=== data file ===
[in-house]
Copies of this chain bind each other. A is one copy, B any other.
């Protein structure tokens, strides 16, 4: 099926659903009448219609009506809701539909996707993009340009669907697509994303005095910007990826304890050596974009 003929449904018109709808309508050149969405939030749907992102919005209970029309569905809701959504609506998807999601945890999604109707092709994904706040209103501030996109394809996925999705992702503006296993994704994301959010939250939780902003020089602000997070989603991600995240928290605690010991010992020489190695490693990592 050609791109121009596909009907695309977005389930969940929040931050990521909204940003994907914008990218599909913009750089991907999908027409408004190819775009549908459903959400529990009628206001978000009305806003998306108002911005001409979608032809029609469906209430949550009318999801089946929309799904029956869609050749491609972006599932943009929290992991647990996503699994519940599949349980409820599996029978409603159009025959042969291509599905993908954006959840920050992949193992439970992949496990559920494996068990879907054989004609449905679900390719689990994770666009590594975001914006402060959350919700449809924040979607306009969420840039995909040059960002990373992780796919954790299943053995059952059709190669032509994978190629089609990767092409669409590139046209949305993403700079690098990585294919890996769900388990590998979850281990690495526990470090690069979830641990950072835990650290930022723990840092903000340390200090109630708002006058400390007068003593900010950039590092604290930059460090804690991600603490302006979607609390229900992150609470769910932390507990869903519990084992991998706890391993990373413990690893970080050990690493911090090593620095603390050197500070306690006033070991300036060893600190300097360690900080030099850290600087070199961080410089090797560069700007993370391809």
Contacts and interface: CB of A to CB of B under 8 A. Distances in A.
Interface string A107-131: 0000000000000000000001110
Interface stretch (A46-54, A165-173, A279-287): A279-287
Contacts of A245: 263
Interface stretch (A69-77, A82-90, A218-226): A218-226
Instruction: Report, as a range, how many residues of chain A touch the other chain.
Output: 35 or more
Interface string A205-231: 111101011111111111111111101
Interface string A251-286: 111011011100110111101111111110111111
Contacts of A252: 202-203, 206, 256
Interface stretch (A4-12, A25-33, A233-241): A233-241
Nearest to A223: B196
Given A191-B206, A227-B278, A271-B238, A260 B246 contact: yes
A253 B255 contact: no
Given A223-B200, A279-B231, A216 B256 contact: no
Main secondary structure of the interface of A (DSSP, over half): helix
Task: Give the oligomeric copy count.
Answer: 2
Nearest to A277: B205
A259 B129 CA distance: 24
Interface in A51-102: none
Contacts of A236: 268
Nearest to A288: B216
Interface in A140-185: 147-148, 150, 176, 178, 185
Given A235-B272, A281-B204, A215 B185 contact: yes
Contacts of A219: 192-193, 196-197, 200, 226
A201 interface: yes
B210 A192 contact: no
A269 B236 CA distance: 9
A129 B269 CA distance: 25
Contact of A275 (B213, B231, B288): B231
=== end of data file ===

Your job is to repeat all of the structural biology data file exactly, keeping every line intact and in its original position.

[in-house]
Copies of this chain bind each other. A is one copy, B any other.
């Protein structure tokens, strides 16, 4: 099926659903009448219609009506809701539909996707993009340009669907697509994303005095910007990826304890050596974009 003929449904018109709808309508050149969405939030749907992102919005209970029309569905809701959504609506998807999601945890999604109707092709994904706040209103501030996109394809996925999705992702503006296993994704994301959010939250939780902003020089602000997070989603991600995240928290605690010991010992020489190695490693990592 050609791109121009596909009907695309977005389930969940929040931050990521909204940003994907914008990218599909913009750089991907999908027409408004190819775009549908459903959400529990009628206001978000009305806003998306108002911005001409979608032809029609469906209430949550009318999801089946929309799904029956869609050749491609972006599932943009929290992991647990996503699994519940599949349980409820599996029978409603159009025959042969291509599905993908954006959840920050992949193992439970992949496990559920494996068990879907054989004609449905679900390719689990994770666009590594975001914006402060959350919700449809924040979607306009969420840039995909040059960002990373992780796919954790299943053995059952059709190669032509994978190629089609990767092409669409590139046209949305993403700079690098990585294919890996769900388990590998979850281990690495526990470090690069979830641990950072835990650290930022723990840092903000340390200090109630708002006058400390007068003593900010950039590092604290930059460090804690991600603490302006979607609390229900992150609470769910932390507990869903519990084992991998706890391993990373413990690893970080050990690493911090090593620095603390050197500070306690006033070991300036060893600190300097360690900080030099850290600087070199961080410089090797560069700007993370391809």
Contacts and interface: CB of A to CB of B under 8 A. Distances in A.
Interface string A107-131: 0000000000000000000001110
Interface stretch (A46-54, A165-173, A279-287): A279-287
Contacts of A245: 263
Interface stretch (A69-77, A82-90, A218-226): A218-226
Instruction: Report, as a range, how many residues of chain A touch the other chain.
Output: 35 or more
Interface string A205-231: 111101011111111111111111101
Interface string A251-286: 111011011100110111101111111110111111
Contacts of A252: 202-203, 206, 256
Interface stretch (A4-12, A25-33, A233-241): A233-241
Nearest to A223: B196
Given A191-B206, A227-B278, A271-B238, A260 B246 contact: yes
A253 B255 contact: no
Given A223-B200, A279-B231, A216 B256 contact: no
Main secondary structure of the interface of A (DSSP, over half): helix
Task: Give the oligomeric copy count.
Answer: 2
Nearest to A277: B205
A259 B129 CA distance: 24
Interface in A51-102: none
Contacts of A236: 268
Nearest to A288: B216
Interface in A140-185: 147-148, 150, 176, 178, 185
Given A235-B272, A281-B204, A215 B185 contact: yes
Contacts of A219: 192-193, 196-197, 200, 226
A201 interface: yes
B210 A192 contact: no
A269 B236 CA distance: 9
A129 B269 CA distance: 25
Contact of A275 (B213, B231, B288): B231